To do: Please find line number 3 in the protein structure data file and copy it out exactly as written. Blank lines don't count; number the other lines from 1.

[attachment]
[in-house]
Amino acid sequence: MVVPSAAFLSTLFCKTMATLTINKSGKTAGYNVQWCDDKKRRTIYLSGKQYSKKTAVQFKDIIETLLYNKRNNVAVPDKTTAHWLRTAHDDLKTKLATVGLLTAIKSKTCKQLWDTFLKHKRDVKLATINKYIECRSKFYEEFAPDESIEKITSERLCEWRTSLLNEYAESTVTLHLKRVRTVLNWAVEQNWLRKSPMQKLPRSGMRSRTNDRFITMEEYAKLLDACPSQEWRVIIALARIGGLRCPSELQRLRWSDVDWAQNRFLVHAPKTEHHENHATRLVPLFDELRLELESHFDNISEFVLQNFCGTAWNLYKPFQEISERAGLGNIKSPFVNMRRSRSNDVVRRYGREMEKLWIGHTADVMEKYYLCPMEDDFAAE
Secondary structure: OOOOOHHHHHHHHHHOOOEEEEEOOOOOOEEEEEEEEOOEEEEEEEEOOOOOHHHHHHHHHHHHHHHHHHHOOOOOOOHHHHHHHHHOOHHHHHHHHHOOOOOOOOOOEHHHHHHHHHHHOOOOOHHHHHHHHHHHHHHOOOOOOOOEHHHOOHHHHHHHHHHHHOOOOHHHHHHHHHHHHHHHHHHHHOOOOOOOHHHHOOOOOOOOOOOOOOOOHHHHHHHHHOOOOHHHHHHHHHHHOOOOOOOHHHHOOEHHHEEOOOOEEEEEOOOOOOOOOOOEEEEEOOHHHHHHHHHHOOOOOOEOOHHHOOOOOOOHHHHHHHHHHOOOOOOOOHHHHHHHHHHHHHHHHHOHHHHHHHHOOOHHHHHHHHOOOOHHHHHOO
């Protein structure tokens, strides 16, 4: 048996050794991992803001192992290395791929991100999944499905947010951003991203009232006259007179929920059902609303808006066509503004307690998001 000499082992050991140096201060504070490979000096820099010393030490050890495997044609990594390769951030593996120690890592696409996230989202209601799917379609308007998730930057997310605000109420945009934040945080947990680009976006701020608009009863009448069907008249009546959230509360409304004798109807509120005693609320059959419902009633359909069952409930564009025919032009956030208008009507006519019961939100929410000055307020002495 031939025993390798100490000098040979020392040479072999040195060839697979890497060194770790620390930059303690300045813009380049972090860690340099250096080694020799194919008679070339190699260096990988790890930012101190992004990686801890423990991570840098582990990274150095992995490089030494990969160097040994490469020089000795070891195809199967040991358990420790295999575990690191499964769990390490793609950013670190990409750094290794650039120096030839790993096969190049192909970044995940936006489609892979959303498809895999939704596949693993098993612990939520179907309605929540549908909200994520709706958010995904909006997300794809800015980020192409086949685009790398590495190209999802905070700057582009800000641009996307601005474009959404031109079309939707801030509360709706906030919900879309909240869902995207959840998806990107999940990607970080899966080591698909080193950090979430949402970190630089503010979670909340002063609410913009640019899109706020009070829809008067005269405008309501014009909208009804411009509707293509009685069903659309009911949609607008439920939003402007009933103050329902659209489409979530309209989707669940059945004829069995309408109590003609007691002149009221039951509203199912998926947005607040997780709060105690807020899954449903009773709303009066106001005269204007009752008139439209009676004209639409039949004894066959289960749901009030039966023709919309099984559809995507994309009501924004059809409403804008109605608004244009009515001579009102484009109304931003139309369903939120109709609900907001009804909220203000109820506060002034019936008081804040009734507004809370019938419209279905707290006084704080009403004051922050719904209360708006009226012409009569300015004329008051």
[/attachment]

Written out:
Secondary structure: OOOOOHHHHHHHHHHOOOEEEEEOOOOOOEEEEEEEEOOEEEEEEEEOOOOOHHHHHHHHHHHHHHHHHHHOOOOOOOHHHHHHHHHOOHHHHHHHHHOOOOOOOOOOEHHHHHHHHHHHOOOOOHHHHHHHHHHHHHHOOOOOOOOEHHHOOHHHHHHHHHHHHOOOOHHHHHHHHHHHHHHHHHHHHOOOOOOOHHHHOOOOOOOOOOOOOOOOHHHHHHHHHOOOOHHHHHHHHHHHOOOOOOOHHHHOOEHHHEEOOOOEEEEEOOOOOOOOOOOEEEEEOOHHHHHHHHHHOOOOOOEOOHHHOOOOOOOHHHHHHHHHHOOOOOOOOHHHHHHHHHHHHHHHHHOHHHHHHHHOOOHHHHHHHHOOOOHHHHHOO